Of those who have, they reported that the issues were usually fixed in six days. However, over a quarter (28%) of tenants have been waiting six months or more.
Social housing tenants are the most likely to have waited longer – eight days on average, but more than a third (36%) waited over six months.
Tenants in Norwich are also more likely to wait the longest for a repair to be made (10 days on average), followed by those in Leeds (9 days) and Liverpool (8.5 days).
That said, tenants in Edinburgh are the most likely to have waited over 6 months for a disrepair issue to be fixed (67%).
The latest English Housing Survey reported that more renters are ‘dissatisfied’ with the way their landlord carries out repairs, than two years ago – 23% said they felt this way, versus 21% in 2021.
More renters also said they are dissatisfied because their landlord doesn’t bother with repairs or maintenance at all (33% in the latest report versus 30% in 2021) or because their landlord is slow to get things done (31% in the latest report versus 29% in 2021).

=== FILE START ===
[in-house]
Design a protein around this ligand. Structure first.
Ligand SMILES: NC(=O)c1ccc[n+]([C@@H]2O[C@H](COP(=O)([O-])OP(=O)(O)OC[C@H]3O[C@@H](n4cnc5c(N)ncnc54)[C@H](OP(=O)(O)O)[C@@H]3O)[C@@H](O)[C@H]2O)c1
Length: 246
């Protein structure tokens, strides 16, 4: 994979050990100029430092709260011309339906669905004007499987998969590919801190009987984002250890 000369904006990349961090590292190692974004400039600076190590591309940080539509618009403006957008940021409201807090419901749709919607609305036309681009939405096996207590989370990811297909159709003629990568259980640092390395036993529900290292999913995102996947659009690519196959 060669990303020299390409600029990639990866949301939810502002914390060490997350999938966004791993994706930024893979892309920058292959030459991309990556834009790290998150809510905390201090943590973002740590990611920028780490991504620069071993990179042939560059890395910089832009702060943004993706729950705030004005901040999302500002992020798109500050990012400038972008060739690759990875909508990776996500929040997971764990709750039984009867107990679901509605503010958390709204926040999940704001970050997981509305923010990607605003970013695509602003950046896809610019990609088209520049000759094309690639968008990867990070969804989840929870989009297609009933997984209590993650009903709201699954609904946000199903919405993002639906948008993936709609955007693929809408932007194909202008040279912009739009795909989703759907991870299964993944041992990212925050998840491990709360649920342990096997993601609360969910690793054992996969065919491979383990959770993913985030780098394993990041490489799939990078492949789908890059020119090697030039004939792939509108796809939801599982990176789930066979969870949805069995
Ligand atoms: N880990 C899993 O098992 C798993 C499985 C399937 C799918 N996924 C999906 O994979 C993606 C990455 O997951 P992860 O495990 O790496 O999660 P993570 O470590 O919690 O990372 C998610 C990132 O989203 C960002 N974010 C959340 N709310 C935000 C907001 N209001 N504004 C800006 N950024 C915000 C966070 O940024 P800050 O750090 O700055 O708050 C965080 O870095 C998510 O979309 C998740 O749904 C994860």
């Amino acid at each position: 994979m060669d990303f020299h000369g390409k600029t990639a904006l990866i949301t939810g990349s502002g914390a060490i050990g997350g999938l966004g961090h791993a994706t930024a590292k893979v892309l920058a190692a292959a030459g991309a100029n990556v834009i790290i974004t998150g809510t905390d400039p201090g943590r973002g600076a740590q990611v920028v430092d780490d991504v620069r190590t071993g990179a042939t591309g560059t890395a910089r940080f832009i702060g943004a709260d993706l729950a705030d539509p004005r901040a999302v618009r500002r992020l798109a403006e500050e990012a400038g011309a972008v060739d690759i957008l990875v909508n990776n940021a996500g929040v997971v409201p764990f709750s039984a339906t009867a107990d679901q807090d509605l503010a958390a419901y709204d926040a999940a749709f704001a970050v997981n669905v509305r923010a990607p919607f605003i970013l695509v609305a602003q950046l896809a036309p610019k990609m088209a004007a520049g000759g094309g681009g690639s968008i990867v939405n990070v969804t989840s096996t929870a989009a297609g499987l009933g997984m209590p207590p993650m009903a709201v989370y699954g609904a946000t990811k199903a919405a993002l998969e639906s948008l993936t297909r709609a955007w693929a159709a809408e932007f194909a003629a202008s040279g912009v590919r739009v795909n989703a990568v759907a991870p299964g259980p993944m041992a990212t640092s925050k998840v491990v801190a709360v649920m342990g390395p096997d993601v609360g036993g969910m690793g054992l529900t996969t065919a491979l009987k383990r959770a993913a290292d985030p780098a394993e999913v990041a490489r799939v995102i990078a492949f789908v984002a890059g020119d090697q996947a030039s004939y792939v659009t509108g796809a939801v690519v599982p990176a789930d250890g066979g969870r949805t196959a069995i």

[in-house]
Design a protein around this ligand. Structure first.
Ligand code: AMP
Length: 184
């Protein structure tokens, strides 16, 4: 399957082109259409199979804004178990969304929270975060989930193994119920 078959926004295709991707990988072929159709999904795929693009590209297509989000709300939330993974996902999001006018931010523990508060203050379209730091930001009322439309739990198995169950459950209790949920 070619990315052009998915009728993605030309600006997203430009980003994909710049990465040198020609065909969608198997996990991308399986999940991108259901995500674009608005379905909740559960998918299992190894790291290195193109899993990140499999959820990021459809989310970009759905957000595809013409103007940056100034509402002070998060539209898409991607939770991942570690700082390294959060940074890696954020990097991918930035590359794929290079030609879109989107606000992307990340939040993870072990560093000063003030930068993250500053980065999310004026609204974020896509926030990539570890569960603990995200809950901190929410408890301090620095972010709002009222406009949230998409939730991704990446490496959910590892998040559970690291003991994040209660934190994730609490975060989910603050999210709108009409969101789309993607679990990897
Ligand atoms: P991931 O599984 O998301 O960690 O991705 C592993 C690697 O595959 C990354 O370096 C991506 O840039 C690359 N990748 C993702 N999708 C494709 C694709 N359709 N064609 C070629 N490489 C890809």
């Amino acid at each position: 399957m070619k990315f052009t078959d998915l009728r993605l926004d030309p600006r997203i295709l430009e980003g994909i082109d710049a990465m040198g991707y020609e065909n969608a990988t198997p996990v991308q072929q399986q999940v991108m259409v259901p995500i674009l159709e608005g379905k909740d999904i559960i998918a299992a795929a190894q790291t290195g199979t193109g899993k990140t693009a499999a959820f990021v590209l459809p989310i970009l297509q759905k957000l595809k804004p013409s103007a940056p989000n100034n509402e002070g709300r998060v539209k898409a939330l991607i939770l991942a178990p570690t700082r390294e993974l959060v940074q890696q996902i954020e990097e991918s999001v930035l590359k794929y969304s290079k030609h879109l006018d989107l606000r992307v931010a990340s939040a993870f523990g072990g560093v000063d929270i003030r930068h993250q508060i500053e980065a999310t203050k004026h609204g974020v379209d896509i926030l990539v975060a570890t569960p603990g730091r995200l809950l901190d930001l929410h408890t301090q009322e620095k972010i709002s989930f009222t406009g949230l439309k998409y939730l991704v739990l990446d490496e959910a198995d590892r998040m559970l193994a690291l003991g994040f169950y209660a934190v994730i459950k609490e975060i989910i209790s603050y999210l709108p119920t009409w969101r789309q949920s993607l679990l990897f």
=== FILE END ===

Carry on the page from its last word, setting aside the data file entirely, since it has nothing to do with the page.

What standards are landlords expected to meet?
Various standards or guidelines are in place for landlords and local authorities to comply with. Not all of these apply to every type of landlord though or cover every area of the UK – many are just for England and Wales.
What’s more, some of these are more about how to prevent hazards, rather than specifically what hazards are considered unacceptable.
That said, it’s worth being aware of these as they can help you understand what disrepair issues are considered ‘unacceptable’ and therefore a landlord should really be taking action to remedy as soon as possible.
About the Decent Homes Standard…
- The Decent Homes Standard sets the minimum standards that rental properties should be